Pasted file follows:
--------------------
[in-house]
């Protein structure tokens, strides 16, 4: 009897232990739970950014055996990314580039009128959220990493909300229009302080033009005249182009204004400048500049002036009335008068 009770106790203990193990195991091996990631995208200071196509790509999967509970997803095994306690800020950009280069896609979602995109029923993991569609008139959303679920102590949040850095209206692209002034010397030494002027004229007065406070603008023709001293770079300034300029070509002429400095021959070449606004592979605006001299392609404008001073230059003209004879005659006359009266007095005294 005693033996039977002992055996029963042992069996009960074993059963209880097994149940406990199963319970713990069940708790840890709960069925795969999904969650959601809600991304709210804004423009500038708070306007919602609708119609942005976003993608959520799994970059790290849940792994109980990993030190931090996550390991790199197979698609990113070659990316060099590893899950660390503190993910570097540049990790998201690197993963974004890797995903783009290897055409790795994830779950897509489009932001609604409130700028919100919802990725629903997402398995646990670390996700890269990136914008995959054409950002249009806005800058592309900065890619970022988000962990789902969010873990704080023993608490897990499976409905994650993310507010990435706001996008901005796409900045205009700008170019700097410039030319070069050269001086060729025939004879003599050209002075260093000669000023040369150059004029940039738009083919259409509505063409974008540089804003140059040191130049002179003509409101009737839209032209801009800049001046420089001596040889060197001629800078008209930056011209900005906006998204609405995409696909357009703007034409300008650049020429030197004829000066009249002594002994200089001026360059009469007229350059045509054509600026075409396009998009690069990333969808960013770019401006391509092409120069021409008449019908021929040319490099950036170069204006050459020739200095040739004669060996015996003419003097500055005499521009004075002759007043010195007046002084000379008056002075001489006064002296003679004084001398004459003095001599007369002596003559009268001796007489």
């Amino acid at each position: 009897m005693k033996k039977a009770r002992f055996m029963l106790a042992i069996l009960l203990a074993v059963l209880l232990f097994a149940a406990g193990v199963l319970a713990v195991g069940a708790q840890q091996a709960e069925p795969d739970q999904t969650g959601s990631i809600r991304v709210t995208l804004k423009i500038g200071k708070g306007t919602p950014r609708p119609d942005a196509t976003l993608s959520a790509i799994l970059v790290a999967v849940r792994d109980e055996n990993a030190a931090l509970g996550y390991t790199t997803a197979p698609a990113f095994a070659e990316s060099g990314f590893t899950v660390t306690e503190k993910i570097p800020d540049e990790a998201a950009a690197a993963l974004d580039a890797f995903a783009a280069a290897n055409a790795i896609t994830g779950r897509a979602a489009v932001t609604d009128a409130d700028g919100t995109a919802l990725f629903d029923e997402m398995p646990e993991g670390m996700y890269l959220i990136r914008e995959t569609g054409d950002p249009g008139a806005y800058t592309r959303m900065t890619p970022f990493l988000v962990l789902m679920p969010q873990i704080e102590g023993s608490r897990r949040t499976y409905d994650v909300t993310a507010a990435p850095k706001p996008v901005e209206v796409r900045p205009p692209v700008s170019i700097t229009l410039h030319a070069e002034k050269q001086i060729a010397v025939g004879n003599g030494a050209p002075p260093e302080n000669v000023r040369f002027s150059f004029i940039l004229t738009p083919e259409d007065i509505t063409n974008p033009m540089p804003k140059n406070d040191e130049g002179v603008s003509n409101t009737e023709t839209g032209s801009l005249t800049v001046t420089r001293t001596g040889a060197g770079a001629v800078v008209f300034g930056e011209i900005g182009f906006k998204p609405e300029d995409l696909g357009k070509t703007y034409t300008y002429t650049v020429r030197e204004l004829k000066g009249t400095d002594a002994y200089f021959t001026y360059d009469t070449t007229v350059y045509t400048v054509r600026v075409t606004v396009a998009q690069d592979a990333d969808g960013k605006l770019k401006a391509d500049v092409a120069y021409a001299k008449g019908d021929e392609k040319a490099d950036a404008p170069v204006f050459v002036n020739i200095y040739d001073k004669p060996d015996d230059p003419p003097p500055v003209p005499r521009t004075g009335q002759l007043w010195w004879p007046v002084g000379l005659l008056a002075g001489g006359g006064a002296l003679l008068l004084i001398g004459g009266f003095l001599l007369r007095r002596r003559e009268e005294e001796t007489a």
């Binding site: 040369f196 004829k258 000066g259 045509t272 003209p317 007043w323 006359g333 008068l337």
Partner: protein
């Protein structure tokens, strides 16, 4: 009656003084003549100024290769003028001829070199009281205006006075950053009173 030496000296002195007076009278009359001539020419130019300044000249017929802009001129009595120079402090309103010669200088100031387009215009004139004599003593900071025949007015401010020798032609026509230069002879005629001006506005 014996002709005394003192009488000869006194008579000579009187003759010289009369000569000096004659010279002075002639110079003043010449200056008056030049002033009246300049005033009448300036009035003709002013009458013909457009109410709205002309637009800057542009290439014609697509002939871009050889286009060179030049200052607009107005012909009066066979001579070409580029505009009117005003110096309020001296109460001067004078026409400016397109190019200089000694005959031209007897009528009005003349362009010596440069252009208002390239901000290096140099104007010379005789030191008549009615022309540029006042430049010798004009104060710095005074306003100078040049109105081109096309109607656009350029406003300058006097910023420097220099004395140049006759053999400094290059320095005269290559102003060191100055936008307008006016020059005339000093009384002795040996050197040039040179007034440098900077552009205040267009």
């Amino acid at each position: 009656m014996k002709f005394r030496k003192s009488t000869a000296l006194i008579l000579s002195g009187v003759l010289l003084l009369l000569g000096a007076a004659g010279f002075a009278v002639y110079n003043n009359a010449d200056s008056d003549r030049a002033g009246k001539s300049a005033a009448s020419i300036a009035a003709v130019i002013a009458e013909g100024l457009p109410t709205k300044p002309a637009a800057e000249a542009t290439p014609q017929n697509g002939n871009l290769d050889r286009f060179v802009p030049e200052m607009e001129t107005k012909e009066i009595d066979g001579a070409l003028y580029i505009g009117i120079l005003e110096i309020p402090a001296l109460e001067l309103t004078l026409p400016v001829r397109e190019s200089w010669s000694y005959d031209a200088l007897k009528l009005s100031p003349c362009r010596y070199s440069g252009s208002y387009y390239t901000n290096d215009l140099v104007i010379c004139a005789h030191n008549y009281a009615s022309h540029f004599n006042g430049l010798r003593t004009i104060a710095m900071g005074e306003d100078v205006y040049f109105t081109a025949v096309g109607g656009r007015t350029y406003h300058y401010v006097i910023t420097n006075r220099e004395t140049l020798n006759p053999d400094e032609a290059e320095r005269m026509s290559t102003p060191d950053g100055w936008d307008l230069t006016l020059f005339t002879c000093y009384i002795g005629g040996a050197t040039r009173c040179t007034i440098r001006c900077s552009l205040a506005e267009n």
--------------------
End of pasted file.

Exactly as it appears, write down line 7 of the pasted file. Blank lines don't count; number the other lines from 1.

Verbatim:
């Amino acid at each position: 009656m014996k002709f005394r030496k003192s009488t000869a000296l006194i008579l000579s002195g009187v003759l010289l003084l009369l000569g000096a007076a004659g010279f002075a009278v002639y110079n003043n009359a010449d200056s008056d003549r030049a002033g009246k001539s300049a005033a009448s020419i300036a009035a003709v130019i002013a009458e013909g100024l457009p109410t709205k300044p002309a637009a800057e000249a542009t290439p014609q017929n697509g002939n871009l290769d050889r286009f060179v802009p030049e200052m607009e001129t107005k012909e009066i009595d066979g001579a070409l003028y580029i505009g009117i120079l005003e110096i309020p402090a001296l109460e001067l309103t004078l026409p400016v001829r397109e190019s200089w010669s000694y005959d031209a200088l007897k009528l009005s100031p003349c362009r010596y070199s440069g252009s208002y387009y390239t901000n290096d215009l140099v104007i010379c004139a005789h030191n008549y009281a009615s022309h540029f004599n006042g430049l010798r003593t004009i104060a710095m900071g005074e306003d100078v205006y040049f109105t081109a025949v096309g109607g656009r007015t350029y406003h300058y401010v006097i910023t420097n006075r220099e004395t140049l020798n006759p053999d400094e032609a290059e320095r005269m026509s290559t102003p060191d950053g100055w936008d307008l230069t006016l020059f005339t002879c000093y009384i002795g005629g040996a050197t040039r009173c040179t007034i440098r001006c900077s552009l205040a506005e267009n």